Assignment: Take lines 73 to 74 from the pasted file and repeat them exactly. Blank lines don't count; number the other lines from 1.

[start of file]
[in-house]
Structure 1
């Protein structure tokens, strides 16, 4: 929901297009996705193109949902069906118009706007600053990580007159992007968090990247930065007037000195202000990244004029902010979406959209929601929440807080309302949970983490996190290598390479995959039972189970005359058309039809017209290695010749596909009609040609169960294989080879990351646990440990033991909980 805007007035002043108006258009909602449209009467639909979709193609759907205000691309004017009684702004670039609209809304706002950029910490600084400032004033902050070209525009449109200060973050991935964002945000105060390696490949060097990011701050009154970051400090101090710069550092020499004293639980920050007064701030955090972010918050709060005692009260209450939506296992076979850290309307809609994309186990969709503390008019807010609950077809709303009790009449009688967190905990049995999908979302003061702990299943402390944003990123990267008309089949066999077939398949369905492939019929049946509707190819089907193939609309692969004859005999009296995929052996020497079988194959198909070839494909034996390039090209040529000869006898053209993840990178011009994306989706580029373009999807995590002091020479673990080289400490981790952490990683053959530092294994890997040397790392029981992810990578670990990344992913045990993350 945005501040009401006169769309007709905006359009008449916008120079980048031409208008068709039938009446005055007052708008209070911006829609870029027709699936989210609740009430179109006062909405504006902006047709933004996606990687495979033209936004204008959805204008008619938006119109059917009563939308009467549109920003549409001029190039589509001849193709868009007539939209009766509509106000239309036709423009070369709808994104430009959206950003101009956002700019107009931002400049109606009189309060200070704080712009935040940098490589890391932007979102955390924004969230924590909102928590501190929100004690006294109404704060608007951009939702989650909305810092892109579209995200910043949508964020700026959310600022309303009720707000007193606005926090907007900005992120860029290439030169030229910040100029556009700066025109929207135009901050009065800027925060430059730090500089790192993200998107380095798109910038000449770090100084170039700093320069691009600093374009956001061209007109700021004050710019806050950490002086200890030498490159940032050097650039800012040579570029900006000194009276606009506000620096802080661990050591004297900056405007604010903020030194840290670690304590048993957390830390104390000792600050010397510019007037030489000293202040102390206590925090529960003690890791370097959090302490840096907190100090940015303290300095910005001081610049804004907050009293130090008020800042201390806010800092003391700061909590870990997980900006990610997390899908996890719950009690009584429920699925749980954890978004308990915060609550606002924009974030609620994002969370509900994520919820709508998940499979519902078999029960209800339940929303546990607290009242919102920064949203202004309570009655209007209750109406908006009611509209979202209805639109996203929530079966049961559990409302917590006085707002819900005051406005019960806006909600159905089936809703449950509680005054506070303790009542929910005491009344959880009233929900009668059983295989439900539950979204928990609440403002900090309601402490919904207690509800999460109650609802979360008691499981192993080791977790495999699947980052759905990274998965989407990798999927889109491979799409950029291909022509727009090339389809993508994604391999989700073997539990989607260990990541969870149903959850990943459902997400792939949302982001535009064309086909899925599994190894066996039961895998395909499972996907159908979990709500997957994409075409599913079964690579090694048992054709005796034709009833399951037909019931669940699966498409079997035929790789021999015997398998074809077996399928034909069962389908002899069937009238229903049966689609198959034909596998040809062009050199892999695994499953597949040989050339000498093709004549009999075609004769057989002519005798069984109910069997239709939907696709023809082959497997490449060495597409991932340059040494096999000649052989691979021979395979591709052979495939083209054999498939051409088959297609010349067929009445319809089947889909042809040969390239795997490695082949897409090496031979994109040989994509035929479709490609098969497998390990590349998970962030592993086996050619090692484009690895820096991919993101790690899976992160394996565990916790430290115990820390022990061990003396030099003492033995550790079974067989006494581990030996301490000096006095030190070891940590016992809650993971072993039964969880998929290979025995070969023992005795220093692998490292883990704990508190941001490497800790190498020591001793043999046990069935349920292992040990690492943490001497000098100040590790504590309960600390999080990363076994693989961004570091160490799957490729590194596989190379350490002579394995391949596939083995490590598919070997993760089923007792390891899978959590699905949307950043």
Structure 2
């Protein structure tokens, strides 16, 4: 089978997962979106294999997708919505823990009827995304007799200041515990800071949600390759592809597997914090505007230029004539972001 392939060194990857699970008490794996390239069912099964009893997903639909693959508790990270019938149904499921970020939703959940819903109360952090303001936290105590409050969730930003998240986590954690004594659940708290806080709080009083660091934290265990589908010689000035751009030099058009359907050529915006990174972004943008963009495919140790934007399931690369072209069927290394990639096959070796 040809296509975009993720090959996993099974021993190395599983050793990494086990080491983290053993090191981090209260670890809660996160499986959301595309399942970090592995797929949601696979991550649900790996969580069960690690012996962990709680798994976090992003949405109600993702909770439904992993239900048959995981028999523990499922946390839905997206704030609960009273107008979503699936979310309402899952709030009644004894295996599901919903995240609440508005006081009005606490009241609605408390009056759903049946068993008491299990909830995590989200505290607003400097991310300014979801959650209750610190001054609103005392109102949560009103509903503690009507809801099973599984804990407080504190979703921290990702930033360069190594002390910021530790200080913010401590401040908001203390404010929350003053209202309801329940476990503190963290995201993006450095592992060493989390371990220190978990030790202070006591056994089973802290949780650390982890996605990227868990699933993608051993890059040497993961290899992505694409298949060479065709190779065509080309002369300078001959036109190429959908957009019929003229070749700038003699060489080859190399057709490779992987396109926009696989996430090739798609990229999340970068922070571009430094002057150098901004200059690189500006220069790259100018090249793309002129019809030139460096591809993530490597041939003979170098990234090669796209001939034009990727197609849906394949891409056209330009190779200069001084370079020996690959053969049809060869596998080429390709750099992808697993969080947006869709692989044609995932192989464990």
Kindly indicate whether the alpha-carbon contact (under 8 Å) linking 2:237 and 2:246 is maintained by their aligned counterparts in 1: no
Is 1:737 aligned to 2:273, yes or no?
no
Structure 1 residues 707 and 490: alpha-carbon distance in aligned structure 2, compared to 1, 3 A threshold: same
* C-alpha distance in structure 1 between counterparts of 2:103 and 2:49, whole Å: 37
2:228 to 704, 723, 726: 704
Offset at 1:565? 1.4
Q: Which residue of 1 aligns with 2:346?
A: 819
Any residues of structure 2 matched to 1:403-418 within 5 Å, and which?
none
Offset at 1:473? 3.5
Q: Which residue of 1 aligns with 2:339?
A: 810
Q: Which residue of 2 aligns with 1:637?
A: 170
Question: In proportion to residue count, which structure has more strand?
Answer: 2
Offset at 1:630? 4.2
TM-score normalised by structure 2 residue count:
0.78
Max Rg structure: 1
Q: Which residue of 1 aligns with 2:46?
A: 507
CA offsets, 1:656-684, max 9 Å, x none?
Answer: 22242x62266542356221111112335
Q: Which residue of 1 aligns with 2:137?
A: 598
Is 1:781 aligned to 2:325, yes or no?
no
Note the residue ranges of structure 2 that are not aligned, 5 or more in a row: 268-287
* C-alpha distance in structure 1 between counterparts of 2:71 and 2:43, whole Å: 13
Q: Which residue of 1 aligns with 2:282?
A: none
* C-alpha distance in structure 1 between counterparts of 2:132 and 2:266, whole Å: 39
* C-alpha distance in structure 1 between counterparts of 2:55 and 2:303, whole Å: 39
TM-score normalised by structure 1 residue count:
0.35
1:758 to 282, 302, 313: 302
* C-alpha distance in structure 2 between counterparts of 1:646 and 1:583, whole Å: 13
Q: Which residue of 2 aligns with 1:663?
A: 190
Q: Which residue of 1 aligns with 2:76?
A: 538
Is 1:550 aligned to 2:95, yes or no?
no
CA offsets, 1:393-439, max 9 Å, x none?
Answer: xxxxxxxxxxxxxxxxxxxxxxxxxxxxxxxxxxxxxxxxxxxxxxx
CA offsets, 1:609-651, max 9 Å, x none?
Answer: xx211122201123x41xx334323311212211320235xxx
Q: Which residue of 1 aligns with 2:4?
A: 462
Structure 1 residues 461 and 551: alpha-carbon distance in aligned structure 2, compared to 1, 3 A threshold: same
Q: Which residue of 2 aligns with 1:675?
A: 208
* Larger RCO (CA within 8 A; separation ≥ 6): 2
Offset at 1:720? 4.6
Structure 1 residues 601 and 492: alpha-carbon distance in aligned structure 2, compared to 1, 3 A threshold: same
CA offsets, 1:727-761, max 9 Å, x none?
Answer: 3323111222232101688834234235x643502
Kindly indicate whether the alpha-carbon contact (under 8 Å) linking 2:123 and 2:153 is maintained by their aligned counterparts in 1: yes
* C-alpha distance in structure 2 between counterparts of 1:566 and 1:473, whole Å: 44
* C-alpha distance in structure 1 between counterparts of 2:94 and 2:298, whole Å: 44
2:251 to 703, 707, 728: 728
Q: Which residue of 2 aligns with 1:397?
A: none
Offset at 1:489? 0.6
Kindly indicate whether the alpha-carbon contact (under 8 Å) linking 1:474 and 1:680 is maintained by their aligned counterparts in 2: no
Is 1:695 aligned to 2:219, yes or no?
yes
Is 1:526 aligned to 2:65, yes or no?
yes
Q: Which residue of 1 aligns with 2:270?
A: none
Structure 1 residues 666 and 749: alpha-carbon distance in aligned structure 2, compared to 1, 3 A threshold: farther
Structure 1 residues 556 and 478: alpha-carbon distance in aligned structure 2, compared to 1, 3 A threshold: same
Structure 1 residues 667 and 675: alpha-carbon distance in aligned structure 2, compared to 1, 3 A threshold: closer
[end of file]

Kindly indicate whether the alpha-carbon contact (under 8 Å) linking 1:474 and 1:680 is maintained by their aligned counterparts in 2: no
Is 1:695 aligned to 2:219, yes or no?